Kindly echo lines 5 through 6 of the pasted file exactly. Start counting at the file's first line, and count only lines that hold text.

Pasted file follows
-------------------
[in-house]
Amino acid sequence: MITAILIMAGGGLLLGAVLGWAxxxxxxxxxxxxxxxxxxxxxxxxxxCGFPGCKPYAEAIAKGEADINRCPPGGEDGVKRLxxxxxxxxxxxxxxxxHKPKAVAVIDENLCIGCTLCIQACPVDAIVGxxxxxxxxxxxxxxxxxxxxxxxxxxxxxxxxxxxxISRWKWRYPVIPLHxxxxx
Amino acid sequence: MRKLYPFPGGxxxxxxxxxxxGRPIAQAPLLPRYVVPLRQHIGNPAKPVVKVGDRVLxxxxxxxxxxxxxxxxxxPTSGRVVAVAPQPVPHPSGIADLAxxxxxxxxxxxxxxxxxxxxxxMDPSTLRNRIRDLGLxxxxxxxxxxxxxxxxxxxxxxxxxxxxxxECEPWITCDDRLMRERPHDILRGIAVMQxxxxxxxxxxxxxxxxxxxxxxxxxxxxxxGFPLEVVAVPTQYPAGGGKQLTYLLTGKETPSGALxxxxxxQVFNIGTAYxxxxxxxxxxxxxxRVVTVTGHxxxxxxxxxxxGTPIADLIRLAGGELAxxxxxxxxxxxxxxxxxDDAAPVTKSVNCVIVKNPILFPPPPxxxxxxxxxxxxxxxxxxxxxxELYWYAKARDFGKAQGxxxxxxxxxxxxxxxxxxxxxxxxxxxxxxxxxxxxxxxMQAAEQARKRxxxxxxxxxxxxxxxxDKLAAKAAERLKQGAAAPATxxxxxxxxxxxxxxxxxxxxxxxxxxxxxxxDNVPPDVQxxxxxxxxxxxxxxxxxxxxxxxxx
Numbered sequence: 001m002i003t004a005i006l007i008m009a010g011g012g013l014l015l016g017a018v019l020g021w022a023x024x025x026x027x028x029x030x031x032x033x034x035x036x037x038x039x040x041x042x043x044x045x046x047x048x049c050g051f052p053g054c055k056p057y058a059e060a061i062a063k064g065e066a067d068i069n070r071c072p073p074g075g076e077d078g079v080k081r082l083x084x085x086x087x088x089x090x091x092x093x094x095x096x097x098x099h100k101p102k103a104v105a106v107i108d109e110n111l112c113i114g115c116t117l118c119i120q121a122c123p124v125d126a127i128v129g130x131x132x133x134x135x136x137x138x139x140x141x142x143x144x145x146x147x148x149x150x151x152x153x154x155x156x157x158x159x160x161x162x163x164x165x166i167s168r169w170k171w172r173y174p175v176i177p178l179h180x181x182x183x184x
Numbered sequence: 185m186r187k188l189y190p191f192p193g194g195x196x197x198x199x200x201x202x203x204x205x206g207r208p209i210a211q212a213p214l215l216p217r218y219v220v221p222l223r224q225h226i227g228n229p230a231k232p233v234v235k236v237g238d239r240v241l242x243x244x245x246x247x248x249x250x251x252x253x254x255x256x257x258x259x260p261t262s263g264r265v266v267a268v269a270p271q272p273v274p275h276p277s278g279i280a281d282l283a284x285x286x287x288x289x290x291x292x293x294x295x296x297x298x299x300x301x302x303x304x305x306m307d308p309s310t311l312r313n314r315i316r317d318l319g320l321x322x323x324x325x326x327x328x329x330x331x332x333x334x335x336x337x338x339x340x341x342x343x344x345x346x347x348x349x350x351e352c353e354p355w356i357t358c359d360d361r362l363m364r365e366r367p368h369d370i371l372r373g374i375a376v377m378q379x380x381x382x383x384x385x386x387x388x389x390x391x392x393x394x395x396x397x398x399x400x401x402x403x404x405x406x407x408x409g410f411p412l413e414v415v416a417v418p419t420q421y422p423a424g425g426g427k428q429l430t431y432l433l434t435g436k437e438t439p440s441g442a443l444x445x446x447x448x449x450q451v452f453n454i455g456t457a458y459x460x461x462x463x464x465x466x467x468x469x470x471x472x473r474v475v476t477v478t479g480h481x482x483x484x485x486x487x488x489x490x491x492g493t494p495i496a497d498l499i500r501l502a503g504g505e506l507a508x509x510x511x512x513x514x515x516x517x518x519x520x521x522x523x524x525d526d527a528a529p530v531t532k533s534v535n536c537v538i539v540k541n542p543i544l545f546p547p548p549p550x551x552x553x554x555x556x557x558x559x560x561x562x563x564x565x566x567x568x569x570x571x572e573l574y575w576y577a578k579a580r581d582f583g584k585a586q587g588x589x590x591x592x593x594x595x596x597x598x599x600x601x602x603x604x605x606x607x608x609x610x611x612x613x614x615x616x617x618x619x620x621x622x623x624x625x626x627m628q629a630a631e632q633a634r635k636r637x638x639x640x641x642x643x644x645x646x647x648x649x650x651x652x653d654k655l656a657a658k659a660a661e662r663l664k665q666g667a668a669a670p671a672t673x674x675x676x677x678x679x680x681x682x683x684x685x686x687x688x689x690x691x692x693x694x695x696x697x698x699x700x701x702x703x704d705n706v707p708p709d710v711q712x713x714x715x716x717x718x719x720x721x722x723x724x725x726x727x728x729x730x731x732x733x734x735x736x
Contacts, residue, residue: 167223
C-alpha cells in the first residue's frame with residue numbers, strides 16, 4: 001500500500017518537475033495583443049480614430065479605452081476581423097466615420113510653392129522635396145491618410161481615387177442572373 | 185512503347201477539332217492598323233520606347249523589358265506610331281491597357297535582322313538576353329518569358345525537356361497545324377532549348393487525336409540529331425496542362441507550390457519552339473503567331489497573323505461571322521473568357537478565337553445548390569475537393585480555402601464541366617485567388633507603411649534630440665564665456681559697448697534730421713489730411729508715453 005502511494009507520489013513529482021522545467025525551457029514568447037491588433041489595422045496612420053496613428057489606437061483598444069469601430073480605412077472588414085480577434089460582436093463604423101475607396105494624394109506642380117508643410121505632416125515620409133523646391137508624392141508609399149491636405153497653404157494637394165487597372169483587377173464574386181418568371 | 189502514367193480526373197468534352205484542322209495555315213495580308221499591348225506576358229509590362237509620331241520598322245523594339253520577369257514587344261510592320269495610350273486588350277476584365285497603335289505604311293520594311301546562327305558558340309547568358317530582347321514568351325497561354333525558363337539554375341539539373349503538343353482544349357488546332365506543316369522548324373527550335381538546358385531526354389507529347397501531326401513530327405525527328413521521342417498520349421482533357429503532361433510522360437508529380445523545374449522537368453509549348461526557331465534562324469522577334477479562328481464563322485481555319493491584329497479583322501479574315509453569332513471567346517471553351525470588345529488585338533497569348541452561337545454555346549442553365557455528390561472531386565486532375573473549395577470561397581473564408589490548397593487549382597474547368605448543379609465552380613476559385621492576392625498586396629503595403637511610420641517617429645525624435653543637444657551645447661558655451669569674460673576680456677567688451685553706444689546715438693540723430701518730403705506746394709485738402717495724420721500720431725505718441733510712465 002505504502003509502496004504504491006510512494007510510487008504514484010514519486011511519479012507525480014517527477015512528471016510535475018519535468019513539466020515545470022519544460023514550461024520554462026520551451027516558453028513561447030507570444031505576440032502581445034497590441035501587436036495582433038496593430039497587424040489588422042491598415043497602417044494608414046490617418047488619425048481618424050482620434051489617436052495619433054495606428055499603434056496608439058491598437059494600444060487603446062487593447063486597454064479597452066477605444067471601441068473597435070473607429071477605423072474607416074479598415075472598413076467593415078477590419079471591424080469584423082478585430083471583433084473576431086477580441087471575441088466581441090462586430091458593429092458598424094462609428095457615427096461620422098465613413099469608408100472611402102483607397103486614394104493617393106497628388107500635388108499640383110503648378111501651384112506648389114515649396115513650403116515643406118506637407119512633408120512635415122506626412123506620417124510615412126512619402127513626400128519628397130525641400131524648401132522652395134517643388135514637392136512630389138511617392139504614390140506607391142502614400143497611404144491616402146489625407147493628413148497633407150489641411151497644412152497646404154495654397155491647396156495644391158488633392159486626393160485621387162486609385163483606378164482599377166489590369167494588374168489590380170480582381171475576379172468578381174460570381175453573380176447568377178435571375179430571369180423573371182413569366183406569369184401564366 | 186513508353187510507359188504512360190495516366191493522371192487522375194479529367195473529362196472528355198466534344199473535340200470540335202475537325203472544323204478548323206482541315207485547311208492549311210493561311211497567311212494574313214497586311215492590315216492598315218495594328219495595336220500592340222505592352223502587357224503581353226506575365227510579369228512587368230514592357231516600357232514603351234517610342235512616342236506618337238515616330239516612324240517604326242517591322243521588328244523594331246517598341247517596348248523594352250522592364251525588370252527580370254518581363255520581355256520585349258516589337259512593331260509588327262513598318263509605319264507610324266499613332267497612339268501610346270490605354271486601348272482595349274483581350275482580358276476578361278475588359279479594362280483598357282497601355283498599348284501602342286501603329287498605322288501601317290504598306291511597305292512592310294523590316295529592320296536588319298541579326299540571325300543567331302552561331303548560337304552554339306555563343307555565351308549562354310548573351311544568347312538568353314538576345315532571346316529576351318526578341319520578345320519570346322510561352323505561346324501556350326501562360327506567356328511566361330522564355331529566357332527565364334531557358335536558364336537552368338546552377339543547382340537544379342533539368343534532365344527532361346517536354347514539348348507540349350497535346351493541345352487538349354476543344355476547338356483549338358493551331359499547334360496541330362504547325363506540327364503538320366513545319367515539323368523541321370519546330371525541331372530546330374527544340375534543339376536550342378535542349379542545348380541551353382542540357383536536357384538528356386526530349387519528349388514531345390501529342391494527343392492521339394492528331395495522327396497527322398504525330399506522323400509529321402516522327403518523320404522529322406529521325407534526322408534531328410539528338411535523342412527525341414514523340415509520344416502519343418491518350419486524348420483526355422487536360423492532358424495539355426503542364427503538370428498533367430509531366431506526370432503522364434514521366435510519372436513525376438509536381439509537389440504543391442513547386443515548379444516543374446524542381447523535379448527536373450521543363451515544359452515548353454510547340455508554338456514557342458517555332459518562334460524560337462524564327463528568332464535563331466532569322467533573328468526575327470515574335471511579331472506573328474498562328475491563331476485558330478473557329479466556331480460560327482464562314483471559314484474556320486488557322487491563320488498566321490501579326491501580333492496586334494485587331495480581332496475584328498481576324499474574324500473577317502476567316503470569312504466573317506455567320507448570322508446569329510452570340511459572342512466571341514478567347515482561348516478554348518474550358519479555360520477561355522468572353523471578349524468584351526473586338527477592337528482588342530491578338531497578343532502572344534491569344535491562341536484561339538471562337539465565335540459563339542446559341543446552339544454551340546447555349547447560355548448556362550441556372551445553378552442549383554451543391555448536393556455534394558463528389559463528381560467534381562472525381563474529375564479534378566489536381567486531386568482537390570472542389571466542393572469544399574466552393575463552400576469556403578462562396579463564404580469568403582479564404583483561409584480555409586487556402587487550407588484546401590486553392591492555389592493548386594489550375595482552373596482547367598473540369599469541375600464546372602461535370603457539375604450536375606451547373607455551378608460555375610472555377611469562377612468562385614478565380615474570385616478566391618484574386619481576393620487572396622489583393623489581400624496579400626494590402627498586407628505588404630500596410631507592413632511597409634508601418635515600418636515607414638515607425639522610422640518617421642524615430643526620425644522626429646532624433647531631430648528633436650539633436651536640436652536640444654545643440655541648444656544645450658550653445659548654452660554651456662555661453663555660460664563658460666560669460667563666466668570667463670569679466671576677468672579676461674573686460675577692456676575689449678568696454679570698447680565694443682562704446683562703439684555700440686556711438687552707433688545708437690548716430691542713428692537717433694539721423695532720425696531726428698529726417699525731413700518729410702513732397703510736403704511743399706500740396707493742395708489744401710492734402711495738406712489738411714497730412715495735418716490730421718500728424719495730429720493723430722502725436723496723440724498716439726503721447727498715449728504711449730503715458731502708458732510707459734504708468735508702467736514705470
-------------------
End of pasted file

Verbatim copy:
Numbered sequence: 185m186r187k188l189y190p191f192p193g194g195x196x197x198x199x200x201x202x203x204x205x206g207r208p209i210a211q212a213p214l215l216p217r218y219v220v221p222l223r224q225h226i227g228n229p230a231k232p233v234v235k236v237g238d239r240v241l242x243x244x245x246x247x248x249x250x251x252x253x254x255x256x257x258x259x260p261t262s263g264r265v266v267a268v269a270p271q272p273v274p275h276p277s278g279i280a281d282l283a284x285x286x287x288x289x290x291x292x293x294x295x296x297x298x299x300x301x302x303x304x305x306m307d308p309s310t311l312r313n314r315i316r317d318l319g320l321x322x323x324x325x326x327x328x329x330x331x332x333x334x335x336x337x338x339x340x341x342x343x344x345x346x347x348x349x350x351e352c353e354p355w356i357t358c359d360d361r362l363m364r365e366r367p368h369d370i371l372r373g374i375a376v377m378q379x380x381x382x383x384x385x386x387x388x389x390x391x392x393x394x395x396x397x398x399x400x401x402x403x404x405x406x407x408x409g410f411p412l413e414v415v416a417v418p419t420q421y422p423a424g425g426g427k428q429l430t431y432l433l434t435g436k437e438t439p440s441g442a443l444x445x446x447x448x449x450q451v452f453n454i455g456t457a458y459x460x461x462x463x464x465x466x467x468x469x470x471x472x473r474v475v476t477v478t479g480h481x482x483x484x485x486x487x488x489x490x491x492g493t494p495i496a497d498l499i500r501l502a503g504g505e506l507a508x509x510x511x512x513x514x515x516x517x518x519x520x521x522x523x524x525d526d527a528a529p530v531t532k533s534v535n536c537v538i539v540k541n542p543i544l545f546p547p548p549p550x551x552x553x554x555x556x557x558x559x560x561x562x563x564x565x566x567x568x569x570x571x572e573l574y575w576y577a578k579a580r581d582f583g584k585a586q587g588x589x590x591x592x593x594x595x596x597x598x599x600x601x602x603x604x605x606x607x608x609x610x611x612x613x614x615x616x617x618x619x620x621x622x623x624x625x626x627m628q629a630a631e632q633a634r635k636r637x638x639x640x641x642x643x644x645x646x647x648x649x650x651x652x653d654k655l656a657a658k659a660a661e662r663l664k665q666g667a668a669a670p671a672t673x674x675x676x677x678x679x680x681x682x683x684x685x686x687x688x689x690x691x692x693x694x695x696x697x698x699x700x701x702x703x704d705n706v707p708p709d710v711q712x713x714x715x716x717x718x719x720x721x722x723x724x725x726x727x728x729x730x731x732x733x734x735x736x
Contacts, residue, residue: 167223